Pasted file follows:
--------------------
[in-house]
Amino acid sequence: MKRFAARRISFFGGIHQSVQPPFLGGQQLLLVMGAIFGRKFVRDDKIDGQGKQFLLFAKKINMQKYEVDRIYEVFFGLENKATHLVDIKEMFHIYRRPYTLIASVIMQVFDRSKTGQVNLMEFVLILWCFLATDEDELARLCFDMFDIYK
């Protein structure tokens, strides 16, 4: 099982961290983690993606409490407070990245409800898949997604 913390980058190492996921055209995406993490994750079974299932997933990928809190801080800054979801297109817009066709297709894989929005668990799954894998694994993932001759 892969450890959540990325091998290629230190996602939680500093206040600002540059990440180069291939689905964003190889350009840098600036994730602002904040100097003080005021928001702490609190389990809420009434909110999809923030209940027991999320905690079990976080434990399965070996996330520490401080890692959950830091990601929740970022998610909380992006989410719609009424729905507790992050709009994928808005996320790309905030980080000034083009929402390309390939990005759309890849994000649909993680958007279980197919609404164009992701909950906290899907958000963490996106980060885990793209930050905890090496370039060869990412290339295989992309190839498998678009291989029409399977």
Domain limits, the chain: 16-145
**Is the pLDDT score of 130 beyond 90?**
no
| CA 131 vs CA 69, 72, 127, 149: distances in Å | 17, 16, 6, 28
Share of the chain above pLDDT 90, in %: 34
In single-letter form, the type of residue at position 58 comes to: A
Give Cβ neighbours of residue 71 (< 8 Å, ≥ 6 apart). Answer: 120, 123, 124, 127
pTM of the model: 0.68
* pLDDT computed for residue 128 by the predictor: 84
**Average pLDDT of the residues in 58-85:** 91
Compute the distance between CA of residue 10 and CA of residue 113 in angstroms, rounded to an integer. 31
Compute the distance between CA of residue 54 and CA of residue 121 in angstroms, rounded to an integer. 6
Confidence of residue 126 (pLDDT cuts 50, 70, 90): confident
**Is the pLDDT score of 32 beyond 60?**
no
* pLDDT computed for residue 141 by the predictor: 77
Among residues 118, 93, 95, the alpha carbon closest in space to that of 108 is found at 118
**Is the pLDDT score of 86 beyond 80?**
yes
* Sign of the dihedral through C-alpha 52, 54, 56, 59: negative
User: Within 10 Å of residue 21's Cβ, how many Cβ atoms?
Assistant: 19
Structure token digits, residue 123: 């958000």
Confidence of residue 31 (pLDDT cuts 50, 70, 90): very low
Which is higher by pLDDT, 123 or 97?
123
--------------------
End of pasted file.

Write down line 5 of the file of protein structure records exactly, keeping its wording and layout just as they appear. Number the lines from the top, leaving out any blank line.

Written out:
**Is the pLDDT score of 130 beyond 90?**